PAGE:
Monday Madness: July 18 ’22

Posted: July 18, 2022

Mysterious rig builds, Germany soothing fears over surge in coal use, and China choking out their fuel exports. It’s Monday Madness!


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Alrighty everyone, welcome back! This is Tavis Kilian with RARE PETRO bringing you another episode of Monday Madness on July 18th, 2022. The weather this past weekend was phenomenal! Though it was hot, it was such a great opportunity to get outside and get some sun. I went golfing with a few of my friends on Sunday, and it got heated at the end! But, I can’t really blame anyone. Imagine having a phenomenal drive and a great approach that lands perfectly on the green… where the pin used to be. That’s right. The course changed its flag location and moved it to a nearby green on the left. Completely different than what the map read. Fortunately, it wasn’t me that experienced it, rather than one of the others in the group. I was able to salvage one of the better drives of my life and make a wonderful approach to the other green, but Jim if you are listening, I gotta say I would not have blamed you if you tore up that other green and got us banned from the course. But you didn’t come here to listen to the stories of a group of degenerate golfers, you came here to get the scoop on the biggest oil and gas news and the best data analysis the podcast space has to offer.

First, we start with commodity prices. Last week WTI was coming down from over $100 prices. This week it is headed above $100 prices. Brent is also maintaining its $3-$4 lead as it trends upward as well. I’m not sure which direction these commodities are headed, but I would not be surprised if we returned to $120 anytime soon. Winter is fast approaching, and folks are worried about securing good enough supplies to weather the storm. The most valuable of the winter commodities seems to be natural gas. With growing fears of securing enough supply internationally and a hot hot week domestically, natural gas is back up to $7.50. Not bad considering we were only at $6.50 this time last week. In fact, $6.50 was about the number for natural gas last week as it remained there as late as Friday. Mondays are incredibly volatile and a 15% over the weekend price increase is likely going to get snuffed out by the end of the day. I imagine that price will settle in the low $7 range by end of day. Still, a positive week for commodity prices which just means gasoline may go right back up to where it was.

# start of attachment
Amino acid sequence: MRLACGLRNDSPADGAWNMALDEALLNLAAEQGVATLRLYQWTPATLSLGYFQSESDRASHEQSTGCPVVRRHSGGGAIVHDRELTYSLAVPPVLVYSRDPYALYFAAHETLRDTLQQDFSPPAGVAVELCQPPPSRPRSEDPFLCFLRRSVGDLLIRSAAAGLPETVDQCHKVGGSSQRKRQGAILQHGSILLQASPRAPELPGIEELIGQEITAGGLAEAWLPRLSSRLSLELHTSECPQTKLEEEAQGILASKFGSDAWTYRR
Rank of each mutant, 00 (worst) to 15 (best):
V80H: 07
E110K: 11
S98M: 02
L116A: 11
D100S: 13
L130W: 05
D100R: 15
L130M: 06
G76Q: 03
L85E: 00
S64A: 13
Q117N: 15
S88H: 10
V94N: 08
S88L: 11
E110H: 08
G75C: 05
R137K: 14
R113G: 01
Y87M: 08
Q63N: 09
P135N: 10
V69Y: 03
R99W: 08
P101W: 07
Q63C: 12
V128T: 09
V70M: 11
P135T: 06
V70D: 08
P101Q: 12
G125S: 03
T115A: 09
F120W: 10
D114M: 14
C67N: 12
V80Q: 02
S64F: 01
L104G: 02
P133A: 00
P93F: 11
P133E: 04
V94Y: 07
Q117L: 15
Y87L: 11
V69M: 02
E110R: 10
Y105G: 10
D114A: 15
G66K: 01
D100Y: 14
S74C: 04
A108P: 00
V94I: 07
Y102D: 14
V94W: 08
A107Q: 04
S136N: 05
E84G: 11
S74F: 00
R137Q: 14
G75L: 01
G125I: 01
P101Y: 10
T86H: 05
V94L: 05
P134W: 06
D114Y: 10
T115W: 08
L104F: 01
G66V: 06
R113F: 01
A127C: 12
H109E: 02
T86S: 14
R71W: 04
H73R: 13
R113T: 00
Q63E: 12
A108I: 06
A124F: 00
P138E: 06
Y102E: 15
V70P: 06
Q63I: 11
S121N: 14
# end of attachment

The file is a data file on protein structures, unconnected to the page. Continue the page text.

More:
Next up is the rig count. Overall we are up 4 rigs on the week bringing us to a total of 756 which is 272 more rigs than we had this time last year. Like last week, this report is pretty quiet. Basin by basin is the granite wash that steps up and tacks on 2 new rigs bringing them to a total of 5. The next best was the Eagle Ford who added 1 bringing its total to 69. Nice. The Haynesville was the only major basin to lose a rig. Otherwise, the rest of the country is quiet. If we look at it state by state, Texas is clearly leading with 4 rigs. Oklahoma follows with 3, while Cali and North Dakota bring up the rear with one each. New Mexico lost 2 rigs, and Louisiana is down 3. The offshore environment is in the same boat as Louisiana as they also lost 3 rigs. So overall that’s 7 new land rigs and 3 fewer offshore rigs. The most interesting data point is the fact that these 4 net new rigs will be targeting an even split of oil and “miscellaneous.” That’s right, 2 new miscellaneous holes doubling the total. What exactly does miscellaneous mean if it is not oil or gas? Is that helium? Rare mineral saturated fluids? Funky test wells for new sequestration technology? I’ve got absolutely no clue, but it seems someone is drilling either horizontal or vertical wells for a non-hydrocarbon reason. Either way, another modest but positive rig count that I am happy to see.